Zimbabwe: The high price of instability by Eddie Cross

via Zimbabwe: The high price of instability 02/06/2014 by Eddie Cross in NewZimbabwe

Stability and freedom are inextricably intertwined in national affairs; you cannot have the one without the other. The instability that has taken a grip on the countries of North Africa has profound implications for everyone – Europe especially as they are in the front line for the millions who are being displaced; just as South Africa has been the main recipient of the millions of people who have been displaced by two decades of instability in Zimbabwe.

The instability can be caused by economic, political and armed conflict problems. In our case it is a mix of economic and political instability, in North Africa military conflict is playing a key role. China has chosen a path characterized by market freedoms but retains a repressive political system holding power firmly in the hands of the Chinese Communist Party. How they justify that intellectually I simply do not understand as market freedom is totally incompatible with Marxist ideology.

In our case, the wheels fell off in Zimbabwe when we allowed the Reserve Bank to assume the role of a parallel Government and to take macro and monetary policy away from the Ministry of Finance. The result was a sustained economic implosion, starting in 1997 and peaking in 2008 when inflation was doubling prices every few hours and the capital assets accumulated over 100 years of enterprise and modern government were simply wiped out. When the madness was curbed by the GPA and then corrected by the GNU in early 2009, we were in a terrible state – all banks, building societies, insurance funds and other financial institutions were bankrupt. 70 per cent of our population was being fed by the international community led by the USA and our schools, universities and hospitals were either closed or barely functioning.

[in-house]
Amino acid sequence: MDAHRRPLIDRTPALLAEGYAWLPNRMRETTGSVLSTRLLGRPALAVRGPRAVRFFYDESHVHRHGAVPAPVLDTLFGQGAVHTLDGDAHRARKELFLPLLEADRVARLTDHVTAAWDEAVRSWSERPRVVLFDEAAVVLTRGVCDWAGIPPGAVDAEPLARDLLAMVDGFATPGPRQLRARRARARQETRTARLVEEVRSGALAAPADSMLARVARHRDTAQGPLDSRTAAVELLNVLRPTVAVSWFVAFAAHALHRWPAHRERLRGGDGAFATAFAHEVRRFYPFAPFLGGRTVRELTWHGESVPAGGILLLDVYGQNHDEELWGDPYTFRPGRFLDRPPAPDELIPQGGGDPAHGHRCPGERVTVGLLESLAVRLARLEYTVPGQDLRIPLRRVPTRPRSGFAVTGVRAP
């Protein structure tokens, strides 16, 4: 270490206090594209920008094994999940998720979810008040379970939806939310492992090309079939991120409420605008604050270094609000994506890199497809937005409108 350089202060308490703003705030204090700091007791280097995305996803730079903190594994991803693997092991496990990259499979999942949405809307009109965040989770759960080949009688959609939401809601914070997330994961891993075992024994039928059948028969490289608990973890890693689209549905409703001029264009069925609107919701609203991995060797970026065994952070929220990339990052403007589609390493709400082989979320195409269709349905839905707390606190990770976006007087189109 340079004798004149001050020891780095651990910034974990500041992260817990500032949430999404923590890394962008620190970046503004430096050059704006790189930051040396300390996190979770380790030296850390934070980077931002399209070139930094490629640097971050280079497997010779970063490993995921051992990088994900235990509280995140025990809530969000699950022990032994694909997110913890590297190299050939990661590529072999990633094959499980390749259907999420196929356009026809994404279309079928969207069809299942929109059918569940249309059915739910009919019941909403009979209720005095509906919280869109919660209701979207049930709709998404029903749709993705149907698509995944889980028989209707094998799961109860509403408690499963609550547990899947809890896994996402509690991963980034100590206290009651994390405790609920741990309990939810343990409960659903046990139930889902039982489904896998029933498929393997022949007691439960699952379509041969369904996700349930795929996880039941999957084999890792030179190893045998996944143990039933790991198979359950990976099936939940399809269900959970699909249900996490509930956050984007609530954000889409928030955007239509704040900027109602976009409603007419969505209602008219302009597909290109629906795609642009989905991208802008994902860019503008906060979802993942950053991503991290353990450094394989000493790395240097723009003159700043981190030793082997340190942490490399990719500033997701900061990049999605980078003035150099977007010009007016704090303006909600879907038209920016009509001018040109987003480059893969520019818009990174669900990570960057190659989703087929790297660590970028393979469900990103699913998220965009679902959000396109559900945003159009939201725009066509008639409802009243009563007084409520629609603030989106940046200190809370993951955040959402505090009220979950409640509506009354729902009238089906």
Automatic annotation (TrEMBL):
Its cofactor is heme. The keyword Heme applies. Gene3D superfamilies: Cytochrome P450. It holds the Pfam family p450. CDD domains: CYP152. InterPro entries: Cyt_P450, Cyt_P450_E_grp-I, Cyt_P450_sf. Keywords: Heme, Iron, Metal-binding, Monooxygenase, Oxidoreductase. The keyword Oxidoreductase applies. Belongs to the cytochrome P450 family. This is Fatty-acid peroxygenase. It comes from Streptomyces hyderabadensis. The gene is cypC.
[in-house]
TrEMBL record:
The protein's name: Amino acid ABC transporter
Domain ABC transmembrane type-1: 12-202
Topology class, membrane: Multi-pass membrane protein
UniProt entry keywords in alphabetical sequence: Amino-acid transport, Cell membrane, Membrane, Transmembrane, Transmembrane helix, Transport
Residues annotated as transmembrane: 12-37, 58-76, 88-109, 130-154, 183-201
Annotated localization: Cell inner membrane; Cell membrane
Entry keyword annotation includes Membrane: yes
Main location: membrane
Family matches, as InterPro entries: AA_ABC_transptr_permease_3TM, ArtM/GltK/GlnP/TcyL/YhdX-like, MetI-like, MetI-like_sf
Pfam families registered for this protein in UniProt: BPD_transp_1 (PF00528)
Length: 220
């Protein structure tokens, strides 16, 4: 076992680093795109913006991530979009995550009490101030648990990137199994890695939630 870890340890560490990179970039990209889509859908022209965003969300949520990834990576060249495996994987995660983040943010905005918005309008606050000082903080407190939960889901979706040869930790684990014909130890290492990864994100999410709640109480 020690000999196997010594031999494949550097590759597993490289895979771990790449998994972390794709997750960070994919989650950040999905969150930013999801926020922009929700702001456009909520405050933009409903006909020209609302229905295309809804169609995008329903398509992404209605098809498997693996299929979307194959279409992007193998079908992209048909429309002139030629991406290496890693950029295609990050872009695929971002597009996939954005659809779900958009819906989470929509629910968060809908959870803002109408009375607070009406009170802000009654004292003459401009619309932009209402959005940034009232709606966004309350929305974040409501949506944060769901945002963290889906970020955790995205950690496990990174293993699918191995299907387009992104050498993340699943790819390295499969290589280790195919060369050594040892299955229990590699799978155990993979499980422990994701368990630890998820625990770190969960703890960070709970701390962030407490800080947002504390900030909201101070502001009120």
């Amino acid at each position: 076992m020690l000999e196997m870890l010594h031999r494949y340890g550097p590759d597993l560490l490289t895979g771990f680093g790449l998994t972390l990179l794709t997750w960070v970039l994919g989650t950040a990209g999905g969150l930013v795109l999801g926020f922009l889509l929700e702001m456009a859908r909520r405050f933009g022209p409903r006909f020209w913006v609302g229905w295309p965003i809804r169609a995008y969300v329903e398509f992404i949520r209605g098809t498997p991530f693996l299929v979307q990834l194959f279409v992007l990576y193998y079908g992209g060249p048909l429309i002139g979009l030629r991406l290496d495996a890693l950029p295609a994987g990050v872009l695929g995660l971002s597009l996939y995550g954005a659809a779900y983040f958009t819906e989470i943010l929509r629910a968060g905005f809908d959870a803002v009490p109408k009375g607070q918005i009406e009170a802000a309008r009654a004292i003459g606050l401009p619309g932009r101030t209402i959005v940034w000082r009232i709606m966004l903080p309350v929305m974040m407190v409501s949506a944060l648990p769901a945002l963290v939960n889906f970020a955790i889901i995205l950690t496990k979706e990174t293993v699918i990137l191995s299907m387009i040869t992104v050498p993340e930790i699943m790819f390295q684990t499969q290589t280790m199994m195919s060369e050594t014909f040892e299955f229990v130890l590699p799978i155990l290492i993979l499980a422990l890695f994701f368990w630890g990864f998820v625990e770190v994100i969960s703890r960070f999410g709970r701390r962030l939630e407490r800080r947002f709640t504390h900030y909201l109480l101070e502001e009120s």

The collapse was not just due to the errant behaviour of the Reserve Bank but also due to decades of managed micro economic fundamentals – exchange controls gave the State the capacity to manipulate the value of the local currency and thereby insidiously to strip the private sector of its assets and profits. At its peak the Reserve Bank extended this process to quite simply just taking what was not theirs and replacing it with local, worthless currency.

The Government exacerbated this with radical price controls – they ordered companies to cut their prices by half – not once but several times, leading to the wholesale collapse of companies who had been in business for many decades and who watched helpless as their retail and wholesale outlets were stripped bare. My personal losses at this time ran into millions, our business has never recovered.

It is no wonder that the business community in Zimbabwe views any discussion on the return of the Zimbabwe dollar with apprehension and horror. They see this as the first step on the road back to the conditions in the first decade of the 21st century that had destroyed what was left of the formal economy. At the slightest hint of any return to the bad old days, capital flight assumes new momentum and the formal sector retreats into the informal economy.

If Zimbabwe is to find its way back into the interactive global world and to be able to resume its efforts to raise living standards and become self-supporting, it has to accept that the observance of macro-economic fundamentals and market freedom are not optional extras but are the very foundations of a progressive and rapidly growing State.

The bounce back which occurred between 2009 and 2012 was on the basis of three policies – the adoption of foreign currencies as the means of exchange, the abolition of price controls and the lifting of exchange controls. Just to highlight the importance of the latter, the production of gold in Zimbabwe fell to very low levels in 2008, after lifting all controls on the sale of gold and lifting restrictions on the ability of people to own and market their own gold, output has reached an estimated 40 tonnes per annum worth US$2,2 billion. Recent attempts to reintroduce controls, have led to the immediate withdrawal of gold from local formal sector markets.